The Carthage City Council’s Public Safety Committee voted on Monday to recommend only minor changes to a city ordinance governing where chickens can be kept in the city limits.
After debate in several meetings and 40 minutes of discussion at Monday’s meeting, the council decided against loosening the rules for keeping laying hens in the city.
The new ordinance, if it passes the full council, will make minor changes to the existing ordinance and clean up language that Carthage Police Chief Greg Dagnan said was contradictory.
He said the ordinance, on the one hand, prohibited people from keeping chickens in pens that are closer than 250 feet to the nearest neighbor’s dwelling, but on the other hand, allowed residents to keep chickens running free in a neighborhood as long as no one complained.
The new ordinance prohibits chickens and other domestic fowl and other domestic animals, excluding dogs and cats, from running at large.
Between eight and 10 residents gave comments for and against allowing people to keep laying hens in the city limits.
Eli Bruton, Carthage, who first raised the topic with the public safety committee a few months ago, said his proposed change would not eliminate restrictions, but would allow poultry to be kept in a “responsible manner.”
“Of course there would need to be restrictions,” Bruton said. “Obviously a large number of poultry wouldn’t make any sense in the environment. That’s why the ordinance bans roosters for the noise issue, limits it to six chickens and the idea that people aren’t going to respect the ordinance, people who are going to violate the ordinance are going to violate the ordinance whether it exists or not and that’s where enforcement comes into play.”
Penny Morehouse Coates, a Carthage resident, said she didn’t trust that people would obey the limits and she feared neighborhoods with chicken coops across the city.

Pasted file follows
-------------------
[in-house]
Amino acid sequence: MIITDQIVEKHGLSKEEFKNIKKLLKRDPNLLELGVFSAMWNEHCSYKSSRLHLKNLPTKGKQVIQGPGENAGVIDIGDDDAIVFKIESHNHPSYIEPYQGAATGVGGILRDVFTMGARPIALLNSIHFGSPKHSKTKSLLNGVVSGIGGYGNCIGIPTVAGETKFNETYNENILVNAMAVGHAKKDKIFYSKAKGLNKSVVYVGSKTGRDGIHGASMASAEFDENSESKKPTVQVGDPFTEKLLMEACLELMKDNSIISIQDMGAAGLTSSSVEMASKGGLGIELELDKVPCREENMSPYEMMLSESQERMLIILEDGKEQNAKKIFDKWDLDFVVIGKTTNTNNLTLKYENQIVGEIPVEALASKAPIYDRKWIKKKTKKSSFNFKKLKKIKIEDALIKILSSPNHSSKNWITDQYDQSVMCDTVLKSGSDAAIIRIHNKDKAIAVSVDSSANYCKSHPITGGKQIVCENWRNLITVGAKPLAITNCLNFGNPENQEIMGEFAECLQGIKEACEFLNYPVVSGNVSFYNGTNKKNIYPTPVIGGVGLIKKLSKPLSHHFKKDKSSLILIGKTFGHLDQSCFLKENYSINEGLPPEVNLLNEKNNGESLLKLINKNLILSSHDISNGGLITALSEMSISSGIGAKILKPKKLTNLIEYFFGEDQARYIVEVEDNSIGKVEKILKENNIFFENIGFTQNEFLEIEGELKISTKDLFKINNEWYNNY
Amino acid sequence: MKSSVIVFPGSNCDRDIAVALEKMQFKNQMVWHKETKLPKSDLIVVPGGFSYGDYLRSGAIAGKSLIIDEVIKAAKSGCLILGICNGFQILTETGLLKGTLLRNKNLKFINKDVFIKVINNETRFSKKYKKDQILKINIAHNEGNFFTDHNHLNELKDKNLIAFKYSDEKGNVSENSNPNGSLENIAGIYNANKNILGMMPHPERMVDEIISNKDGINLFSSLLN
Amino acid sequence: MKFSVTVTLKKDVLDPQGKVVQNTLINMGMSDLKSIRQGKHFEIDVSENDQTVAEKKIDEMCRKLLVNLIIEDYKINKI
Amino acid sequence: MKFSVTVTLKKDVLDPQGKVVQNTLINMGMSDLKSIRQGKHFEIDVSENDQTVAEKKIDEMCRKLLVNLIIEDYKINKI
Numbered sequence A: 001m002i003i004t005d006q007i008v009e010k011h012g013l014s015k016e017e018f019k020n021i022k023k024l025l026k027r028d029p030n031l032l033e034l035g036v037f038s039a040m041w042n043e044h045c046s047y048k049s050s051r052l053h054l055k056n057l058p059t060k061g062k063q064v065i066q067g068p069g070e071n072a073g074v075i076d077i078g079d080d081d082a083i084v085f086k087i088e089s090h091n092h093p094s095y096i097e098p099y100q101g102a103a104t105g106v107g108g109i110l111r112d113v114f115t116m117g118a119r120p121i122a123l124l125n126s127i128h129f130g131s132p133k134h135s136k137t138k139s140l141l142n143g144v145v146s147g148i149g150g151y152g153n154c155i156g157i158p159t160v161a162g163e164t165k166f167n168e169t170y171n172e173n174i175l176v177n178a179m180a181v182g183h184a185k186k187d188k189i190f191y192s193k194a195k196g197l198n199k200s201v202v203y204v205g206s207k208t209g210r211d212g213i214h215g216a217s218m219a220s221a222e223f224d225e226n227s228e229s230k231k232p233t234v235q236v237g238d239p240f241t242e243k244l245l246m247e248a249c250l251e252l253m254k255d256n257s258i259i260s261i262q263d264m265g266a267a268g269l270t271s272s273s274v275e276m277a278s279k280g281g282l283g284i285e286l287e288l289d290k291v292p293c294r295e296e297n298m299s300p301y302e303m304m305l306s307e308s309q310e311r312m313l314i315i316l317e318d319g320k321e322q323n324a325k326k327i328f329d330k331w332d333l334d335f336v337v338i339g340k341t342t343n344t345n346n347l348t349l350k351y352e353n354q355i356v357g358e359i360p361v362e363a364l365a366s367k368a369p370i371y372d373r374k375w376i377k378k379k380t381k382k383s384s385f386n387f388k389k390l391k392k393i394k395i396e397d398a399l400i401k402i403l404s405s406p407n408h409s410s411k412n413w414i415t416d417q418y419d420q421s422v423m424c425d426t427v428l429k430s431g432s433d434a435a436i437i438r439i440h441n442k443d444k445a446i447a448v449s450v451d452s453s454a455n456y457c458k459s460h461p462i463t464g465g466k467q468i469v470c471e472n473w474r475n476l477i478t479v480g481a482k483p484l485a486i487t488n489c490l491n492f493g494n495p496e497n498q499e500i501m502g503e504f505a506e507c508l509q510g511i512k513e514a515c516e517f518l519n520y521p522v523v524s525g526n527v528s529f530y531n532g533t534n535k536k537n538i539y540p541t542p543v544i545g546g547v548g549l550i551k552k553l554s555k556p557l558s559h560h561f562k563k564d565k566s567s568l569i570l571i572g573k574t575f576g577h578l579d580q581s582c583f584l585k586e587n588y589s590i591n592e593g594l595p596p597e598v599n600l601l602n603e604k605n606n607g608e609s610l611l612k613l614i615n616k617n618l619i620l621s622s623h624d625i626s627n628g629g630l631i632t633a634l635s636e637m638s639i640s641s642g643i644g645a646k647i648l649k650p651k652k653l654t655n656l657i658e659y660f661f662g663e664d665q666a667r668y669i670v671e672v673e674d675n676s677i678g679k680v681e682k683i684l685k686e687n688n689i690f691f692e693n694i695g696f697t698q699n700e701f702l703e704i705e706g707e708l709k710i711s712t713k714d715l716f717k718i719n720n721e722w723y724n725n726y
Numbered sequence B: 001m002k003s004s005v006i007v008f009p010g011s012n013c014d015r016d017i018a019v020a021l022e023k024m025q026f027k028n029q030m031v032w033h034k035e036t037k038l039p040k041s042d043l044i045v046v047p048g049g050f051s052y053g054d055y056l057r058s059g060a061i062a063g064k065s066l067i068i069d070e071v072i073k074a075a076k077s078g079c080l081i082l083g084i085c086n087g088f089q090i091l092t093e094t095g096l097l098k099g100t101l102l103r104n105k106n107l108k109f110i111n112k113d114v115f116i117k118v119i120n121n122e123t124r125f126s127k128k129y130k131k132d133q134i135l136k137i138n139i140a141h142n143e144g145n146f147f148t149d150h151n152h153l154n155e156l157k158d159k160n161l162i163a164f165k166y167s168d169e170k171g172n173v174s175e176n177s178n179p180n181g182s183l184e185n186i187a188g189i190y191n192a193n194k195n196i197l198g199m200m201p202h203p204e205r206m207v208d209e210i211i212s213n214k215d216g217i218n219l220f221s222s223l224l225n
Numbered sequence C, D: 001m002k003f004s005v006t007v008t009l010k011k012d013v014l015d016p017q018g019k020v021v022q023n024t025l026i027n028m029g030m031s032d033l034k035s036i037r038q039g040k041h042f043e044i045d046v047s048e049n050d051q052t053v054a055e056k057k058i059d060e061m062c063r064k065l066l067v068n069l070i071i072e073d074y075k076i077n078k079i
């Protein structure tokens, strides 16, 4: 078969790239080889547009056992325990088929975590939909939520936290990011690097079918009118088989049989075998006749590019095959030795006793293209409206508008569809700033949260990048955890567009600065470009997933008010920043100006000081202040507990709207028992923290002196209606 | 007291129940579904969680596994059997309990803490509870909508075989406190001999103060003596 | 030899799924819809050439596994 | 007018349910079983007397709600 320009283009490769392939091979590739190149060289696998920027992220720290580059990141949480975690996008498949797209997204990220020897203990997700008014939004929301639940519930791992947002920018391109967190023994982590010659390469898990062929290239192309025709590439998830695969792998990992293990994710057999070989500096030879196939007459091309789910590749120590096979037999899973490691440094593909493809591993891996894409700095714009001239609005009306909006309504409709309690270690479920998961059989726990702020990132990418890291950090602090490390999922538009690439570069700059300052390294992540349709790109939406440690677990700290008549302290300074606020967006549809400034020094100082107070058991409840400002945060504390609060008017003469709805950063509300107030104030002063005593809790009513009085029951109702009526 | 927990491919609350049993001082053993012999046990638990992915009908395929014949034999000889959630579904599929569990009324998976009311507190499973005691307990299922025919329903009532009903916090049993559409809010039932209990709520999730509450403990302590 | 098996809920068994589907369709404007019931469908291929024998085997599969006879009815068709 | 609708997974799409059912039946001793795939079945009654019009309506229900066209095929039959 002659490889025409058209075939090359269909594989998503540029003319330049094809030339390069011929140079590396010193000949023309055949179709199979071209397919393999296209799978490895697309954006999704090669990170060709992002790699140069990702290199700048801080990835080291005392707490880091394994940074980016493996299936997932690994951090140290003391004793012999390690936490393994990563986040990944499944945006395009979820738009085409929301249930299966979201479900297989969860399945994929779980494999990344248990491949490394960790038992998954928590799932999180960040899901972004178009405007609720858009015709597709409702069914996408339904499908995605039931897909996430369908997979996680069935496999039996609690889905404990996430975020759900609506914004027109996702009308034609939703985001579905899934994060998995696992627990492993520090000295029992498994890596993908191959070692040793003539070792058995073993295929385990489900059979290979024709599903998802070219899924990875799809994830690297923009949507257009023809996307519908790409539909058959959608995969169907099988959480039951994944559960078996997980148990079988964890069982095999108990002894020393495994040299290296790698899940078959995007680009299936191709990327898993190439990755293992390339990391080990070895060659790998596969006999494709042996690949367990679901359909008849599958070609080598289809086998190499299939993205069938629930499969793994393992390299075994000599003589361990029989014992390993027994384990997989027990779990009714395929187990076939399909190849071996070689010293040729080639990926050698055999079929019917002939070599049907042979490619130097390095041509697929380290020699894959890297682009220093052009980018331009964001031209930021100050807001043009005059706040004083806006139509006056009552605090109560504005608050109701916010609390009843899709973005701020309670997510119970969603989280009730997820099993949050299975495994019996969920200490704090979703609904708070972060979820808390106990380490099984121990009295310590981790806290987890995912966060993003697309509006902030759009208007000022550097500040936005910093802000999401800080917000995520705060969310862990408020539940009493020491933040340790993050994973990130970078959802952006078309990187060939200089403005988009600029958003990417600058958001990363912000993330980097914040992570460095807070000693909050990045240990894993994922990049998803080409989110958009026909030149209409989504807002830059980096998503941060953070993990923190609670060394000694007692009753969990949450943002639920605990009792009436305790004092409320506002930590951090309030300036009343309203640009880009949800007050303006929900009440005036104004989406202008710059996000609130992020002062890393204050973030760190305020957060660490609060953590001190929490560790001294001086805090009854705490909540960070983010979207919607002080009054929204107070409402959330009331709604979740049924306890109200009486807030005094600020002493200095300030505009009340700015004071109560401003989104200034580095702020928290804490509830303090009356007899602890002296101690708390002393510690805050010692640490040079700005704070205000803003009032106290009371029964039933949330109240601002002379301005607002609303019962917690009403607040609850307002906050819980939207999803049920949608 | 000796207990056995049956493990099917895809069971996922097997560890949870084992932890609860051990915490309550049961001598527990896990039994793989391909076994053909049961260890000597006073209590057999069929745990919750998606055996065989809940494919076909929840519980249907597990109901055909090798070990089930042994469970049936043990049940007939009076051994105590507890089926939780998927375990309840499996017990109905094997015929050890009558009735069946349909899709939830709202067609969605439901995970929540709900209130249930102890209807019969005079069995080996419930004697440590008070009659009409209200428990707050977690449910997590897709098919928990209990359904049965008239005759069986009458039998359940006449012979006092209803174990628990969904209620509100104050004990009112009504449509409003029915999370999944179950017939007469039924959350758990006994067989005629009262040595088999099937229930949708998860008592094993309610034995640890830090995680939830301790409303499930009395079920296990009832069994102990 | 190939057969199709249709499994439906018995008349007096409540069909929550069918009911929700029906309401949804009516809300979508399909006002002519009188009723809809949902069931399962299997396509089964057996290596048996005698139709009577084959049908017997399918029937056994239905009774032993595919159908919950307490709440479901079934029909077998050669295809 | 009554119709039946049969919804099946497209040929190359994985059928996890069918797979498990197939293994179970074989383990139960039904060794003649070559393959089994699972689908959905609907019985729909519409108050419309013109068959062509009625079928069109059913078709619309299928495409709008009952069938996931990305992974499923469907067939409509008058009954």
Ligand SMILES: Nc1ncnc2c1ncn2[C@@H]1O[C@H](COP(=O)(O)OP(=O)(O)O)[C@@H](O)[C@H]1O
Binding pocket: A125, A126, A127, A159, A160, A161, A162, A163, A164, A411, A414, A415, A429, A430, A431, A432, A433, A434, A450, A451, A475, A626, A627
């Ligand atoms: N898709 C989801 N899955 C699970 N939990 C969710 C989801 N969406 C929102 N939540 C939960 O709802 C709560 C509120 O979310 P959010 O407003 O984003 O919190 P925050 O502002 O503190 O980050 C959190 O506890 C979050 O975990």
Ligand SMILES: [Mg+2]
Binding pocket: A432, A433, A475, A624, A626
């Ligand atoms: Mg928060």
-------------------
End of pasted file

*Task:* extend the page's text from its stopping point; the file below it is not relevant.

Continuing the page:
“We have a whole city of people who don’t know what the limits are and we can’t manage what we have,” Coates said. “It’s all well and good that you may say that, but when you get two chickens then someone else is going to get 20 chickens and before you know it we have barnyards in the city.”
Bruton listed a number of cities, including Joplin, Springfield, St. Louis, Kansas City, Overland Park, Kan., and others that allow chickens to be kept, under tight restrictions, in the city limits.
Wynette Quade, and her husband, Tony Quade, said their neighbor had recently installed fences and put cattle, chickens and other livestock on property within the city limits across the alley from their home.
Daniel Comer, Carthage, said he was the one who pushed for the 250-foot limit back in 2000 because of health problems he blamed on chickens being raised by a neighbor.
“They were nice and cute, my neighbor had chickens running around, roosters crowing all time of day or night,” Comer said. “But then it got to be a nuisance and he started killing the chickens and take the leftover droppings and burn them in the back yard. I ended up with histoplasmosis, it’s a fungus that grows on your lungs and caused by the droppings of the chickens. I went through that for a while and I finally got the city council to change the distance from 25 feet to 250 feet so they wouldn’t have chickens in town anymore.”
Committee member Steve Liebbrand said he worried about more city ordinances taking away more freedoms from residents.
Carthage City Administrator Tom Short said he was concerned about paying to enforce new rules that allowed more chickens.
“Some of these cities we’re talking about, in some cases, they have departments,” Short said. “We have one employee who will be doing this, plus the cats, plus the dogs, plus everything else. So it may wind up having to cost more too.”
The Carthage City Council will vote twice on the proposed changes after City Attorney Nate Dally makes minor adjustments suggested by the committee.